LOS ANGELES, Calif. – Los Angeles County has announced a state of emergency as southern California woke up to widespread damage, power outages, school closures and outdoor activity cancellations by one of the fiercest windstorms in recent years.
Michael Antonovich, chair of the Los Angeles County Board of Supervisors, made the declaration Thursday afternoon as the County Operational Area Emergency Operations Center (CEOC) was activated to Level 1 Modified in order for the county to respond to the aftermath, the county said in statement posted on its webpage.
The county also encouraged residents to review their emergency survival procedures and make use of resources to seek help and prepare for the next disaster, the county said.
Before the county made its move, other nearby cities including Pasadena, Monrovia and Temple City also declared emergencies.
The violent offshore windstorm, dubbed “Santa Ana wind,” occasionally gusted to nearly 100 miles (160 km) per hour. It knocked down trees, utility poles and power lines, sparked fires and left tens of thousands of residents in the dark.
A power outage at Los Angeles International Airport forced over twenty inbound commercial flights to divert to other airports.
Flight delays lingered even after electricity was restored about an hour later, LAX spokeswoman Nancy Castles said.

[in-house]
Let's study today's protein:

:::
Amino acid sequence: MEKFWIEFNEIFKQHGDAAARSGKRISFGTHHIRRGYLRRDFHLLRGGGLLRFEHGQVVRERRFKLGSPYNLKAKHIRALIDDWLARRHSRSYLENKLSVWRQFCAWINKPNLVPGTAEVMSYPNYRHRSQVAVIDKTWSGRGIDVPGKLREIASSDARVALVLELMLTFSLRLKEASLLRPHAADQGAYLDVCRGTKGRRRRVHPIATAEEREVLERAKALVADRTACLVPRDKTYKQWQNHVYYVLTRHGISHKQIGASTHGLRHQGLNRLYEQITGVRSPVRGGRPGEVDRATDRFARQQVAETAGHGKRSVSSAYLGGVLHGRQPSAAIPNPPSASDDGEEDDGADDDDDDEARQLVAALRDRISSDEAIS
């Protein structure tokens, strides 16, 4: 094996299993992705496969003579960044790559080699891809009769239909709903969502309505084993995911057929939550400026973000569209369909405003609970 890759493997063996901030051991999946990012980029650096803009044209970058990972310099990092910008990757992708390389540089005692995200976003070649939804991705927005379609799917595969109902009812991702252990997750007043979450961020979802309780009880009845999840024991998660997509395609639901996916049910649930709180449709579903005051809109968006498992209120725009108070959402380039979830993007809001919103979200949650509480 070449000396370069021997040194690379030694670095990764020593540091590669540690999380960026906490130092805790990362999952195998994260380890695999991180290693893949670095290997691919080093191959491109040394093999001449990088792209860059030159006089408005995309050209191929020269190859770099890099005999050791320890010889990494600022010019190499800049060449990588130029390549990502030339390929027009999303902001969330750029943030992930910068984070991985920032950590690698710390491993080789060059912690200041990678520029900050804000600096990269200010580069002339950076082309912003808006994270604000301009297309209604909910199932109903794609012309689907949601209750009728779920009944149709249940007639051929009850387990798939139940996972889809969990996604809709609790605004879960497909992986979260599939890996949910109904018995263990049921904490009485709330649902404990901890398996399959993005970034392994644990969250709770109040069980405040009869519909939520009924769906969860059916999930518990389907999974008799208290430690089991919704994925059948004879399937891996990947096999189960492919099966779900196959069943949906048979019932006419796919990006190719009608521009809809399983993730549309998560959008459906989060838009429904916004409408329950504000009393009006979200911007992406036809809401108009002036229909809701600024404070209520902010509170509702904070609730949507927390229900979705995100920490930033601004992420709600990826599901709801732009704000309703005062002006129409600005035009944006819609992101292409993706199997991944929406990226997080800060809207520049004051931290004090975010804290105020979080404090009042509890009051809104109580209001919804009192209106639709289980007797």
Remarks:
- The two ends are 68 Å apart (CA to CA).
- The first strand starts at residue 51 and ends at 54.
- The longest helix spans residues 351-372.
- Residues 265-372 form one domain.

In some areas, the traffic accident risk was high as most traffic lights were out of service and the roads and streets were blocked by fallen trees and branches.
Many shops and gas stations were closed due to the power shortage. Several veteran Pasadena firefighters said it was the strongest windstorm they could recall in at least 30 years.
Pasadena, the city which suffered the severest damage from the windstorm, had “red-tagged” 42 residences — houses and individual apartments — as being unsafe for occupancy, according to the Pasadena Fire Department. Two hundred buildings in the city were damaged by powerful gusts, according to authorities.
Throughout the city, 450 public streets were either closed down or damaged.
In nearby Temple city, more than 150 trees were downed overnight, and an estimated 75 percent of residents were left without power. A number of roads remain blocked by debris as of late afternoon.